It's not an Islamic argument as such, and it's historically predicated on a Christian's work. But, ultimately, it's a universally self-evident, logical and mathematical observation relative to the existential distinction between potential and actual infinites. An actual infinity only exists as a mathematical concept in minds, namely, as a boundlessly large, indeterminable number of things or a boundlessly large, indeterminable amount of something. A potential infinity, on the other hand, has existentiality in both minds and nature as a finite quantity of something at any given moment in time or being, albeit, tending toward infinity as the limit. That is the existential distinction between the two. Grasping that is the key to understanding why the Argument is incontrovertible.



Well, that's a silly takeaway, isn't it? Do you routinely "straw man" that which you don't understand? I've now given the reader everything he needs to grasp the argument. Study to show thyself approved. It's free to read. No charge.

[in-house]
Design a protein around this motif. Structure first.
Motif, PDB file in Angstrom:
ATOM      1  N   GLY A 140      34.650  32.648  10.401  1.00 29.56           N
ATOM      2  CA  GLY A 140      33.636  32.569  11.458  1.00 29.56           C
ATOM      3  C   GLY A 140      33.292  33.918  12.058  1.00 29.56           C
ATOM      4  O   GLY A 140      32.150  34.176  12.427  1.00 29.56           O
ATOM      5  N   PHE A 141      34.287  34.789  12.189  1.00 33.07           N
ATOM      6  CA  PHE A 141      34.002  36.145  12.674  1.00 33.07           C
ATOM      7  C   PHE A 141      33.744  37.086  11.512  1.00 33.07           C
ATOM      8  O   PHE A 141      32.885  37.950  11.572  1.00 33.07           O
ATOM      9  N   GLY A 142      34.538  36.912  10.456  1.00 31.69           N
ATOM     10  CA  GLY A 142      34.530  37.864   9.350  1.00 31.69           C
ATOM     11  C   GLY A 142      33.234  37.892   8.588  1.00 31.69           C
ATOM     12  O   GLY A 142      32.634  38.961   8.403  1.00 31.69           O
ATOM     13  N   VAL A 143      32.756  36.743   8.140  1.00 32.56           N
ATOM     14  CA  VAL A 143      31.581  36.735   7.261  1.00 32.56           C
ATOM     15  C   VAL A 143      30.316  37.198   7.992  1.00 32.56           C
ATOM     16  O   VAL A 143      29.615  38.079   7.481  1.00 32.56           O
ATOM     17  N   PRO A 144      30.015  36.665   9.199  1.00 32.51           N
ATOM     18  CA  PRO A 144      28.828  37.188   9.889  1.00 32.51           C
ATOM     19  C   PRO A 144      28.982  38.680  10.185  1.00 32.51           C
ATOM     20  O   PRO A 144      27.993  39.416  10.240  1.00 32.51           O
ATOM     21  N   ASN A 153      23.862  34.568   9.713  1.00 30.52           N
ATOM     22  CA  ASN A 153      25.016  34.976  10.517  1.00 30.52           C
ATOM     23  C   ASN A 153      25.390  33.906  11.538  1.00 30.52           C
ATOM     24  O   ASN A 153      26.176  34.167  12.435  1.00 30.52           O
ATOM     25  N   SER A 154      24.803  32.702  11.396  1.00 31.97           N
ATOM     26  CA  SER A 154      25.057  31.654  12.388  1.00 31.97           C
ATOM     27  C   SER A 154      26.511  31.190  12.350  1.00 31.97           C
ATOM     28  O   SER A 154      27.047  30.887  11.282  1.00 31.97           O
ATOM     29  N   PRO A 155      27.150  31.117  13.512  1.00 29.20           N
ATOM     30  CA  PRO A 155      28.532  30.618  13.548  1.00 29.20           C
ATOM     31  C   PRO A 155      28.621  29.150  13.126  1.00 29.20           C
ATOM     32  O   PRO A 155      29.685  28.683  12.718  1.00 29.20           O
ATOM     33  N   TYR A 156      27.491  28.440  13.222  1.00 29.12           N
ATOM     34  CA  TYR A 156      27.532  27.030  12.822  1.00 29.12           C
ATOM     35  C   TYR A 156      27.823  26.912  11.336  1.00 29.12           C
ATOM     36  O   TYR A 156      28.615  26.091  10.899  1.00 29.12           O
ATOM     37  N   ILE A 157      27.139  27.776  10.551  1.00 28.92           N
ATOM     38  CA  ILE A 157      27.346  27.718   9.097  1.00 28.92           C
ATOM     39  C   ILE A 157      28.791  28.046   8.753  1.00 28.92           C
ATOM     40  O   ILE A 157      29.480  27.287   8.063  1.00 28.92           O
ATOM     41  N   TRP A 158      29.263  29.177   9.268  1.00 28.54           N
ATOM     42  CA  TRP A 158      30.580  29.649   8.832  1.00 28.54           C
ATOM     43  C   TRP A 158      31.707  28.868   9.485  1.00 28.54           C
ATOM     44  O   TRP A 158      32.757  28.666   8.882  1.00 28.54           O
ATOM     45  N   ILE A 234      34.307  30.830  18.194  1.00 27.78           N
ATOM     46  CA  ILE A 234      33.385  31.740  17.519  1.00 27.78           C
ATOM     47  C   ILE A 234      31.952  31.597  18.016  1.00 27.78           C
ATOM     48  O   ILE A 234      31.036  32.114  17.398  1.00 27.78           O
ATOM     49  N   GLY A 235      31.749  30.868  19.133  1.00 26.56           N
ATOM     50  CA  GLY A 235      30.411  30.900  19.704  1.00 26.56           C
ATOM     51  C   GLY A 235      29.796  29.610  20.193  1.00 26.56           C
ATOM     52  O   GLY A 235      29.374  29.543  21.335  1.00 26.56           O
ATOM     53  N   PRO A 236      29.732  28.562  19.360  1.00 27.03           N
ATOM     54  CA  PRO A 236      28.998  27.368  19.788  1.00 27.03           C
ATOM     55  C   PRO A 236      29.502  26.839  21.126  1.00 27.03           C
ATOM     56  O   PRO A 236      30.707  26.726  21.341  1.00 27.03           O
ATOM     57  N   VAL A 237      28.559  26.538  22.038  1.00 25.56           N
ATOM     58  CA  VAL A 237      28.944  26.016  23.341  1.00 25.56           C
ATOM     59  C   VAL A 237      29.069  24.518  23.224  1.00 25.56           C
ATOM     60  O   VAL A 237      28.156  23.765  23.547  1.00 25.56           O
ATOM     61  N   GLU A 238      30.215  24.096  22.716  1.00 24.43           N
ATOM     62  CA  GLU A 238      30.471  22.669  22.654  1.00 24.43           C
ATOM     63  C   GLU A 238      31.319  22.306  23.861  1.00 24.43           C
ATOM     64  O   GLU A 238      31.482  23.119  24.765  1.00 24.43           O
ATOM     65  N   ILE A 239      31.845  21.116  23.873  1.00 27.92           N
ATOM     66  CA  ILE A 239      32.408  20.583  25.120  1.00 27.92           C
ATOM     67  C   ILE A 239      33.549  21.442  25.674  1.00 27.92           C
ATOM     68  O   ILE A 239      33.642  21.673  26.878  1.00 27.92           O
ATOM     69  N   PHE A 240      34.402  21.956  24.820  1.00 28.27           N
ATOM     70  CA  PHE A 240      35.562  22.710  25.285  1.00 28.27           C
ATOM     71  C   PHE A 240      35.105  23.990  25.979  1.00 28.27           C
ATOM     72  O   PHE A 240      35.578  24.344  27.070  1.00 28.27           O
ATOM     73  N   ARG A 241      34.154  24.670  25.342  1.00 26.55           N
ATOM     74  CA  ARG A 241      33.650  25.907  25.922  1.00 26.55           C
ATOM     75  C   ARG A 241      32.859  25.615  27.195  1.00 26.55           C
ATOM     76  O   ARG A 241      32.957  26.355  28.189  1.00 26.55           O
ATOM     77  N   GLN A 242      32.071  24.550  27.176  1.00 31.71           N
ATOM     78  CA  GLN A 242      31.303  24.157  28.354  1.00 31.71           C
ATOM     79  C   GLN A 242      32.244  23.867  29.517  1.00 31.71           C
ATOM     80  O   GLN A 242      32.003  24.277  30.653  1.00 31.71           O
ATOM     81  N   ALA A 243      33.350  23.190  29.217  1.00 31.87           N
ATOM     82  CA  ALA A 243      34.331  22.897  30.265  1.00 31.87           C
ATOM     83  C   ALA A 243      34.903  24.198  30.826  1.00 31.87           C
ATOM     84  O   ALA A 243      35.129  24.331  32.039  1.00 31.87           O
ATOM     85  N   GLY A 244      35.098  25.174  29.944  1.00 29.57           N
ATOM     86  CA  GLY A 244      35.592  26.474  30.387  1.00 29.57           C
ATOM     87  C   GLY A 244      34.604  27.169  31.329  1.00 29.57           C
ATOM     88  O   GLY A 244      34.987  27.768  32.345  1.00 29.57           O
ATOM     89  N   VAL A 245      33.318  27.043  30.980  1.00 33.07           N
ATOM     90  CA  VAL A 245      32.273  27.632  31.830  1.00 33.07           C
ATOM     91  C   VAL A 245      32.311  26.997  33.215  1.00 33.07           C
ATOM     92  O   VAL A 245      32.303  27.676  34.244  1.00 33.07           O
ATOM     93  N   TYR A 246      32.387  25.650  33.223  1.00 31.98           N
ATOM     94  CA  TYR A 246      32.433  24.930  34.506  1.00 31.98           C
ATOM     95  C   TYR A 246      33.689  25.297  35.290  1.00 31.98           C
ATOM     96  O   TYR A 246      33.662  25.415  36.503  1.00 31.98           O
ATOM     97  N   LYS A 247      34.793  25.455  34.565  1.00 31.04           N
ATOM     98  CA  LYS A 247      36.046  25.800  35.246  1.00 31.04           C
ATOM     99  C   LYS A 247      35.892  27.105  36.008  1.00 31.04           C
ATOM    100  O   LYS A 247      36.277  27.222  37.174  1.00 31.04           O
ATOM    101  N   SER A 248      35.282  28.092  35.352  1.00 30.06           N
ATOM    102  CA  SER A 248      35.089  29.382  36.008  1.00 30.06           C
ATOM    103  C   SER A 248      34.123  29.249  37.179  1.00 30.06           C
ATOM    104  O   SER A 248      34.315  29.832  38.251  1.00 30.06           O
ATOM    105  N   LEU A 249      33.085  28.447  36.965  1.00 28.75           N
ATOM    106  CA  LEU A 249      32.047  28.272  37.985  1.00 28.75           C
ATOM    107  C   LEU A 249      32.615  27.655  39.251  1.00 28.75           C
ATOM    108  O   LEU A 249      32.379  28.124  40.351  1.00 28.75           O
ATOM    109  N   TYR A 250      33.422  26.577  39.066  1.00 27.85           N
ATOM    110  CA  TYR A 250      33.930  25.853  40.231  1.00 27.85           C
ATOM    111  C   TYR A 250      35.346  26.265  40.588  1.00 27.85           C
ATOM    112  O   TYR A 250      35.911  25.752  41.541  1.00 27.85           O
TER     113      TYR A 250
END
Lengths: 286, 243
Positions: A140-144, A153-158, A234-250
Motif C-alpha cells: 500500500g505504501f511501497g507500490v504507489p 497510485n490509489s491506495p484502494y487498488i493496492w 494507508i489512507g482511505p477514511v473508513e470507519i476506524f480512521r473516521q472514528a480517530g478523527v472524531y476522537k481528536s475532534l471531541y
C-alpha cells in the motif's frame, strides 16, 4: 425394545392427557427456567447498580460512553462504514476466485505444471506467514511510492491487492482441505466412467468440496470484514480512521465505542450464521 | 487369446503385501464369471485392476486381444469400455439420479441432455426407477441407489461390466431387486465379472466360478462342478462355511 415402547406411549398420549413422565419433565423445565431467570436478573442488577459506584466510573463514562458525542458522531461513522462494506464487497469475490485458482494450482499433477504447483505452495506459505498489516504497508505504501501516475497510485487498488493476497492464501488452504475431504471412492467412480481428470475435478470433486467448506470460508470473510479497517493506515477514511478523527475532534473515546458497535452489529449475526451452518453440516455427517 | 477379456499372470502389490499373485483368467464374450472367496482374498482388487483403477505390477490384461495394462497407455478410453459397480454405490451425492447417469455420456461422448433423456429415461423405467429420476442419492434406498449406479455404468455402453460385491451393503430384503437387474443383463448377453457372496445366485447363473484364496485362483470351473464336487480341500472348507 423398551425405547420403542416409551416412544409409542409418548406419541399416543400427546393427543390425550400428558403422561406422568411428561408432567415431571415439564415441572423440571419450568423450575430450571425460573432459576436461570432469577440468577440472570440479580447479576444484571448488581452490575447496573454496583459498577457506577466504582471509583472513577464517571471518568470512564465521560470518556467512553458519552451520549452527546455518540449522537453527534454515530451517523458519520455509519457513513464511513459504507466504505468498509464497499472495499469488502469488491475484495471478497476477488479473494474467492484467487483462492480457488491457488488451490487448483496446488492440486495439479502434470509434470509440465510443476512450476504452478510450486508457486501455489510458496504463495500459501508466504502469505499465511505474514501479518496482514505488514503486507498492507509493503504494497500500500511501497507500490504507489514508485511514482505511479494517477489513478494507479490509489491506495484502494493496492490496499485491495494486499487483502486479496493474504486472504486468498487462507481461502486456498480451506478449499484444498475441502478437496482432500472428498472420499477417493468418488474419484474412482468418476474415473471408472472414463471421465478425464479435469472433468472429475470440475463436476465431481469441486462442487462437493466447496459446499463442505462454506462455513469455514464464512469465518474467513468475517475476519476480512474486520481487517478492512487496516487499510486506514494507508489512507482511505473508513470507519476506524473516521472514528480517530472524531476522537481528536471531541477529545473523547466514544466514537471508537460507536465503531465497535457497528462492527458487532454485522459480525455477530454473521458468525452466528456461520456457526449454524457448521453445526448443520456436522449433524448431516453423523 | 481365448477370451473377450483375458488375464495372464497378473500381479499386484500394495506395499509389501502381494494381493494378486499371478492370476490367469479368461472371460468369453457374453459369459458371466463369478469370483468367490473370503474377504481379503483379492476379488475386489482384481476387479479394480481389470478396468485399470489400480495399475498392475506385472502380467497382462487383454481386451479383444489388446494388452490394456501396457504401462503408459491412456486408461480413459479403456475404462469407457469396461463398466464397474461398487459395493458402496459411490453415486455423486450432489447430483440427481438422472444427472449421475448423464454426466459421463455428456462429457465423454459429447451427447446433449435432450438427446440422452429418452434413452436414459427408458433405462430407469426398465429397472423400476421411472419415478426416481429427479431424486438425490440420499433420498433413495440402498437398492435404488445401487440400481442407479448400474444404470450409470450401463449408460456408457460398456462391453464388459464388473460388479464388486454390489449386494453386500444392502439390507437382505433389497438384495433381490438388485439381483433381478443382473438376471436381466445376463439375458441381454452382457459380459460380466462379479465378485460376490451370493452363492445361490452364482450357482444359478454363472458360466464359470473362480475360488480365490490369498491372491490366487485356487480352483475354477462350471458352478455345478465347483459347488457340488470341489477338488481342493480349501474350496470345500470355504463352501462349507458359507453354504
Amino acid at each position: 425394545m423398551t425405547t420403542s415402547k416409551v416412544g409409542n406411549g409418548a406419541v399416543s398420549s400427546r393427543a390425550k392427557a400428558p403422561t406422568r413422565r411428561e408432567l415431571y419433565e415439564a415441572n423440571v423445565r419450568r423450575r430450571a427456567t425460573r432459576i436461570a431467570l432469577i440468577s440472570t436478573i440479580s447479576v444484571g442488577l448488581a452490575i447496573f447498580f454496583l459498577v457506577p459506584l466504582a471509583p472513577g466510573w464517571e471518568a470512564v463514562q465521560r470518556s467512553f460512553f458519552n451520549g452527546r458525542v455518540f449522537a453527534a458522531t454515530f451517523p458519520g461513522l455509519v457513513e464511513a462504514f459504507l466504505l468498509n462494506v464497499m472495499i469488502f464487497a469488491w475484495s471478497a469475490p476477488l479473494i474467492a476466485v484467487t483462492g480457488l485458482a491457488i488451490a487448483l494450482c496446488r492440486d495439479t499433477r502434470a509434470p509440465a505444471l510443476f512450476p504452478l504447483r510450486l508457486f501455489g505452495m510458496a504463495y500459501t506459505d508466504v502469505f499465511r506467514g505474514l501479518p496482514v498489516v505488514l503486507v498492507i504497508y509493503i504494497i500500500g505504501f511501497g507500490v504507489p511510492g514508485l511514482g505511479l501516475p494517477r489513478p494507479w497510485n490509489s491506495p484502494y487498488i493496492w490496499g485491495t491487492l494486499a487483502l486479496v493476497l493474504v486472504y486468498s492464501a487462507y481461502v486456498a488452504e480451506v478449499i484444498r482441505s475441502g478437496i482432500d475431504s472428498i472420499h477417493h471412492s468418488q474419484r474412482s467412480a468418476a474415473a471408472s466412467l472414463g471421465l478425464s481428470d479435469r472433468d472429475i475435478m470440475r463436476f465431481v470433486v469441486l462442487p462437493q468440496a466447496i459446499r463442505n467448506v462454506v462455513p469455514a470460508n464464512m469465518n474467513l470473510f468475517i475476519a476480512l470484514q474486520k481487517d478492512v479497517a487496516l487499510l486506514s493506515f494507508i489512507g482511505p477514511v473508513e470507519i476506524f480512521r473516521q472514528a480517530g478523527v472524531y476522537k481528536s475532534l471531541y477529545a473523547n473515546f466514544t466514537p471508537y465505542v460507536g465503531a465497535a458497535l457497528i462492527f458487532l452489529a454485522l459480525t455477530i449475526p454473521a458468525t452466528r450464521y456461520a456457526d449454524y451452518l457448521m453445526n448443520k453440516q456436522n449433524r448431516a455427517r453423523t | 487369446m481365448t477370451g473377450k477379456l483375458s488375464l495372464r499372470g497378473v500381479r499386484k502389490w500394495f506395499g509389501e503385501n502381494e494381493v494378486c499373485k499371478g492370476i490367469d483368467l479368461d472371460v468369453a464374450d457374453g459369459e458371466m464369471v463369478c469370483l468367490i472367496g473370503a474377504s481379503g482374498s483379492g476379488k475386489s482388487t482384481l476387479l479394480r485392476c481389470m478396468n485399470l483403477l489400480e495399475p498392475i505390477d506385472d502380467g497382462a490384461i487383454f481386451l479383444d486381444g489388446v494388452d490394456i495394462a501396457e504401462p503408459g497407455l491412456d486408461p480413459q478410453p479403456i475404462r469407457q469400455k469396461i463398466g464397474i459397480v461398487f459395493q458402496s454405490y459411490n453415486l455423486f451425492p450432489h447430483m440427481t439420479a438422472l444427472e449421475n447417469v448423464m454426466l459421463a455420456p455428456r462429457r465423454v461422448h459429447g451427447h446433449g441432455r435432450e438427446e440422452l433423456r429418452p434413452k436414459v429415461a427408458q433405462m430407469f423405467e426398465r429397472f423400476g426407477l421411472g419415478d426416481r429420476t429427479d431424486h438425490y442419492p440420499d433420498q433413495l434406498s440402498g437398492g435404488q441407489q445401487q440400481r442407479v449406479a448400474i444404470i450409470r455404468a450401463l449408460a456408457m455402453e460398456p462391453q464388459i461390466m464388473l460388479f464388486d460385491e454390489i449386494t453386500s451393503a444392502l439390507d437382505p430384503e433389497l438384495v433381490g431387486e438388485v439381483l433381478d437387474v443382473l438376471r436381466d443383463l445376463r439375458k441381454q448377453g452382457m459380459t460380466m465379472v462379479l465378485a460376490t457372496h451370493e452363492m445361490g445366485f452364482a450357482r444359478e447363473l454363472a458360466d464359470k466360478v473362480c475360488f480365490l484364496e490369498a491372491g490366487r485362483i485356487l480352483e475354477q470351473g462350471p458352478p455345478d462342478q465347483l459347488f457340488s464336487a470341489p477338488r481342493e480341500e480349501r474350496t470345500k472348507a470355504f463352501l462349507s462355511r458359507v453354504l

Attacking me is not going to get you anywhere. Neither is posting walls of text.

Again, I'll concede the original Kalam. I'll concede whatever you want me to concede about infinity mathematically speaking. And still, you cannot get from there to Yahweh.
 

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Just some thoughts.
1. Whatever begins to exist has a cause of its existence.
What caused God to exist?
3. The Universe has a cause of its existence.

3.1. If the cause of the universe's existence were impersonal, it would be operationally mechanical.
3.2. An operationally mechanical cause would be a material existent.
Can you clarify your premise a bit here? I don’t follow.
3.3. The causal conditions for the effect of an operationally mechanical cause would be given from eternity.
I don’t understand how this conclusion follows your premise. It seems like you’re stating this as a premise, but this is not universally accepted and you haven’t yet established that this is an immutable fact.